I’m back! A few weeks ago I told you about a series I’d be doing for GeekMom, showcasing some of the interesting new options in prosthetic design companies. BeSpoke was the first company I told you about.
BeSpoke makes custom fairings, which are solid coverings that ‘snap’ over the top of prosthetic sockets. With the use of 3D printers, the sky is virtually the limit when it comes to designs. Because each fairing is custom made, BeSpoke products are a bit pricey, although they are definitely worth the money if you can afford it. With most amputees barely able to pay for the basic leg socket to begin with, something that is purely cosmetic doesn’t usually make the priority list.
This is where UNYQ steps in. As it turns out, Eythor Bender, the founder of UNYQ, is friends with Scott Summit, the founder of BeSpoke. They both had very similar visions when it came to changing the look of prosthetic limbs. Making a product that used the exact shape of the sound limb as it’s pattern, then adding artistic designs to fit an individual’s style, was their goal.
Because Scott Summit and his company have many other projects in development, he found he couldn’t keep up with the fairing side of his business. Instead of suing Bender, when his ideas and designs started to mimic Summit’s, he embraced the new company as a way to get the product to the audience that was waiting for it.
It just makes sense that Eythor Bender is also the guy who was the president of Ossur, one of the largest prosthetic companies in the world, during the years that the Cheetah running leg came on the market. You’ve seen this bladed “foot” on professional athletes, and now most of my amputee friends who are casual runners have one too. He’s always been inspired to make prosthetic limbs that change the lives of amputees.
The UNYQ company can do custom fairings, just like BeSpoke. They will scan an amputee’s sound leg, then load the information into their 3D printer. Having both limbs match is more important to many people than you realize. Even if my socket is a crazy color, if it’s the exact shape of my other calf, it will rarely draw attention. Amputees with fairings also report that their pants fit better and feel more like they did before they lost their limb. There is no more gap or empty spot where their calf used to be.
Each client can then design their own fairing, to reflect their interests. They choose from different textures and materials, as well as colors and cut outs. And like BeSpoke, a custom fairing will cost several thousand dollars.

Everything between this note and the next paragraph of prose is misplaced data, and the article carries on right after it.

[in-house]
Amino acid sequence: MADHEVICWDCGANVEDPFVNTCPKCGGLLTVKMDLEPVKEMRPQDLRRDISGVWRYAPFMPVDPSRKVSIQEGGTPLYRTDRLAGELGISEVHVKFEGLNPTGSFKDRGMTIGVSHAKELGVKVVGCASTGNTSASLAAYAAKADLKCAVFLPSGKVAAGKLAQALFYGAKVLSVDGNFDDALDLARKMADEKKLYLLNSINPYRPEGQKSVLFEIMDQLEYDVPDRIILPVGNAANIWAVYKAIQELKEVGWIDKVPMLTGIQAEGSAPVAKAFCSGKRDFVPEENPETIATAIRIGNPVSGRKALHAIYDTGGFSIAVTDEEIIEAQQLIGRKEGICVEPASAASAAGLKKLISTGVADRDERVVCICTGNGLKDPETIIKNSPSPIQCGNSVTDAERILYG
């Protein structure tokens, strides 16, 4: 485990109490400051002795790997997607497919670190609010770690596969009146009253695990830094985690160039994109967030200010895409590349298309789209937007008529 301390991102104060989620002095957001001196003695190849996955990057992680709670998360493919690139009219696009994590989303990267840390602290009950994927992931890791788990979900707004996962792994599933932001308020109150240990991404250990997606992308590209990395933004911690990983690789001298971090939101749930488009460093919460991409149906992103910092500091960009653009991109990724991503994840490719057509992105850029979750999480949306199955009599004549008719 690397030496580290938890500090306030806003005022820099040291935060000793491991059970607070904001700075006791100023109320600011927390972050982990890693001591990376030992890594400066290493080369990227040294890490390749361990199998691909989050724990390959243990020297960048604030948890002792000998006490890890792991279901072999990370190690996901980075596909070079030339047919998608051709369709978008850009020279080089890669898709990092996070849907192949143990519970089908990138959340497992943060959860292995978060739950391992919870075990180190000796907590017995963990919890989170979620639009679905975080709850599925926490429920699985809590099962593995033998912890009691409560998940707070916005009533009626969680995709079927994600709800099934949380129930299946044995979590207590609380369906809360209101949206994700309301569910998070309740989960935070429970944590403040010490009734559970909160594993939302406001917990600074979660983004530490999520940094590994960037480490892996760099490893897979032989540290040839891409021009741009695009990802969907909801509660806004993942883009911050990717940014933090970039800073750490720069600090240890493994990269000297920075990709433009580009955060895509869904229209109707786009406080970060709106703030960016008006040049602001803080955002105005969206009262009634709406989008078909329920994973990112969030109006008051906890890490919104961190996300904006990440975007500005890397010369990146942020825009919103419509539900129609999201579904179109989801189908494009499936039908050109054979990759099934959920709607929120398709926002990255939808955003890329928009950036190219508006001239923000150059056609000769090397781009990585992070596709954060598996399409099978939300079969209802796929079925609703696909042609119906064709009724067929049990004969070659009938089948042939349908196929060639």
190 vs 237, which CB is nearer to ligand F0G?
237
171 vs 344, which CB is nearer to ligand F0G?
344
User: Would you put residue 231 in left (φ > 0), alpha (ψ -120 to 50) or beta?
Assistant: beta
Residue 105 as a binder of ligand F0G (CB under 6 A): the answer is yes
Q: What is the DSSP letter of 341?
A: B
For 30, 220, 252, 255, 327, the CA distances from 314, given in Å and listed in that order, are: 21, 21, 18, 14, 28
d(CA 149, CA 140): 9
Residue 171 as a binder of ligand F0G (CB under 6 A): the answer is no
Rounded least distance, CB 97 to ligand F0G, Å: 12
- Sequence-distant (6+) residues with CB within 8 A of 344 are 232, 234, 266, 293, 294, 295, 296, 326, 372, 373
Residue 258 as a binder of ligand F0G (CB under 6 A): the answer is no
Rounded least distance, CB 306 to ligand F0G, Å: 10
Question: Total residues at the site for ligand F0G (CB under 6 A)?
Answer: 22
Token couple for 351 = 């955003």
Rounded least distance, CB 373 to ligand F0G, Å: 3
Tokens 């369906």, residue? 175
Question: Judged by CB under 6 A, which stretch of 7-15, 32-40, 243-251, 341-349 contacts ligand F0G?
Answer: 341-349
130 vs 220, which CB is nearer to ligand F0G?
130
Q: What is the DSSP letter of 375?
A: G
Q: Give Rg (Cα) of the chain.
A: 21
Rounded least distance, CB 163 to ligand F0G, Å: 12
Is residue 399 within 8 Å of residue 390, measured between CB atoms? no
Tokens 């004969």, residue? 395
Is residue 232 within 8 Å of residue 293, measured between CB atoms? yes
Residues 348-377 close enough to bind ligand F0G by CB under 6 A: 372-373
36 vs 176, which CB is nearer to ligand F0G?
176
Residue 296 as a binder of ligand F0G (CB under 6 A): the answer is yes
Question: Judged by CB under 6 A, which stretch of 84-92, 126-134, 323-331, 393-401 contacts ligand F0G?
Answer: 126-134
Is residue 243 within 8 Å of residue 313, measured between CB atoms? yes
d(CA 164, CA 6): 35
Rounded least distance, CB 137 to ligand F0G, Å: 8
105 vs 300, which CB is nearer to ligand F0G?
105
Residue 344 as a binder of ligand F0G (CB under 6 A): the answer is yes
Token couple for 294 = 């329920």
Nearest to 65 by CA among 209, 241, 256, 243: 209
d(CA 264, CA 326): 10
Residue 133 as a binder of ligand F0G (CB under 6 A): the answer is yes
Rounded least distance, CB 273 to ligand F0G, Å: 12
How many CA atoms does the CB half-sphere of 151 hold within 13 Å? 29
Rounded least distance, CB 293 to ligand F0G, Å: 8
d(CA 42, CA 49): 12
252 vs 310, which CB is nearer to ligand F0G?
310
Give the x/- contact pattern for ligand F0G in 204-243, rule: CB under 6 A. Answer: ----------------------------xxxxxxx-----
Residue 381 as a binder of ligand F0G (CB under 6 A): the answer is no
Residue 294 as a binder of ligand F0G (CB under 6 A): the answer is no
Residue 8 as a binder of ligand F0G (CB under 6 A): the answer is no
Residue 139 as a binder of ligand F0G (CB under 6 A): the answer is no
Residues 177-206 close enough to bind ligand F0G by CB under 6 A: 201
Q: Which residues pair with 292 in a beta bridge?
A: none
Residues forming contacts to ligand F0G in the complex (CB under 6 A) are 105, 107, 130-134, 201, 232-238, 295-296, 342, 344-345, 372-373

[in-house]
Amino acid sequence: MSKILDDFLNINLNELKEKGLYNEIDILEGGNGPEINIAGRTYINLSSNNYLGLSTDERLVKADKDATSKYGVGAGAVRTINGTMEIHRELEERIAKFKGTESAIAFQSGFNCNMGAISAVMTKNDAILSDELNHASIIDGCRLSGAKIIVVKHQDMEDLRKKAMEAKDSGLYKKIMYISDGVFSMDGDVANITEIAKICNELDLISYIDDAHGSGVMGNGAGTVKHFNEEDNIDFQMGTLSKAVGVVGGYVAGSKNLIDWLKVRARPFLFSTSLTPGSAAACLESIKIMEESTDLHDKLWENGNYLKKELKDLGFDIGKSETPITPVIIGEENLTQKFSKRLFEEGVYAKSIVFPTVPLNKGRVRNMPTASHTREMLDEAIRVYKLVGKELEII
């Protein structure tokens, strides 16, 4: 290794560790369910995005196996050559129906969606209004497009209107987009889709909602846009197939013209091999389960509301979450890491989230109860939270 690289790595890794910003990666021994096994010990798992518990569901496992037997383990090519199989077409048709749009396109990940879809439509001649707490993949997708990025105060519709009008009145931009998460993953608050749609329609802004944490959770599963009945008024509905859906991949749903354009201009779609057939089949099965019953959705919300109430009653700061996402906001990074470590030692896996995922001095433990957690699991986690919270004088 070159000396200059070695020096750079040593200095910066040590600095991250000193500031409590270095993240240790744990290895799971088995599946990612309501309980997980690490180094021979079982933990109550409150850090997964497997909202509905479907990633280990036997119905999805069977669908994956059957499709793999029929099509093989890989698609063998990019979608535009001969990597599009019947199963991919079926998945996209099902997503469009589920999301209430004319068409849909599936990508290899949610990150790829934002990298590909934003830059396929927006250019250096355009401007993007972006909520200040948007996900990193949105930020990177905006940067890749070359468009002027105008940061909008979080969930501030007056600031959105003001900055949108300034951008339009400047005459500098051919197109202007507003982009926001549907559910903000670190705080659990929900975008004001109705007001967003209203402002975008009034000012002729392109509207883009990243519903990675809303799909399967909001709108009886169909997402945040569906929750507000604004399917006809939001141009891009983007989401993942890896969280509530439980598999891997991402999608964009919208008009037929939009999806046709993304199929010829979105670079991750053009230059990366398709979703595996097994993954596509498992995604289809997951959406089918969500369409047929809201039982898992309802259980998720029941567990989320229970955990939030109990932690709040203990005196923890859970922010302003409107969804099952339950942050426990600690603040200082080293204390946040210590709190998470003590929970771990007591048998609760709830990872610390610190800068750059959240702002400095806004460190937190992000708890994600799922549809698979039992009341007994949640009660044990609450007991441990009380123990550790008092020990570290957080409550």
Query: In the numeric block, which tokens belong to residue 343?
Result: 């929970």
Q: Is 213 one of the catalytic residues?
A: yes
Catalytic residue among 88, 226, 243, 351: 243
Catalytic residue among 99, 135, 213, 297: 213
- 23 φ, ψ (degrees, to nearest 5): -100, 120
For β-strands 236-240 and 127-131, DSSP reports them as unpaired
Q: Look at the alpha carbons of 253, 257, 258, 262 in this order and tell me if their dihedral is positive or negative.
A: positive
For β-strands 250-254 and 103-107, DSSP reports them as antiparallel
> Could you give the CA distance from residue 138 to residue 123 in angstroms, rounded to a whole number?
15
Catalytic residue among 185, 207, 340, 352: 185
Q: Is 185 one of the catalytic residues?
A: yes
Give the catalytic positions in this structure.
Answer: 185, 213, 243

But the UNYQ company wanted their products to be available to as many amputees as possible. They began taking some of their most popular designs and making several copies. They made designs for men, women, and children. They discovered that most amputees just love the idea of having a custom-looking prosthetic cover, even if they didn’t design it themselves.
This brought the price way down, by as much as 50%. Their stock fairings start at $495.00 and generally top out at about a thousand dollars. This option is great for kids. Any basketball-loving kid will love their kid’s basketball design, whether they designed it themselves or not. Any girly girl will love the feminine options right “off the rack”.
The thing I love about this company, and those like it, is a theme I’ve written about before here on GeekMom. Amputees are no longer embarrassed by their hardware. We no longer feel the need to hide our disability. In the past decade we’ve moved into an era that has empowered us and not only brought us proudly into the public, but encouraged us to go a step further and design an artificial limb that represents who we are.
Until the idea of fairings came along, those of us decorating our sockets used stickers or knit covers. For years I’ve had the Seahawks football team logo laminated on my leg. I proudly wear shorts, even in the winter, so I can show off my leg. But there are times that I’d like to tone it down, just a bit, for dressy occasions especially. Because the socket is laminated, that means I’d have to have a whole new socket made.
With fairings, I can click the cover over my existing socket, and wear it whenever I want. Most attach with a few screws. This also means, that as the prices come down in the future, an amputee could technically have an assortment of fairings lining the bottom of their closet, as unique and individual as a shoe collector’s closet.
As crazy as it sounds, it’s a good time to be an amputee. If life circumstances have handed you this specific card, it’s no longer a straight line to depression and hiding out at home. As the public comes to understand and accept amputees in the community, and even become fascinated with our hardware, it changes the future for those of us with limbs that click onto our bodies.
In my next post I’ll tell you about yet another company that is getting into the fairings game, and show you some more inspiring designs they are creating. Until then, try not to be too jealous of those of us with custom limbs. You can always express your design style in the sneakers you choose to wear.
(All photos in gallery belong to UNYQ)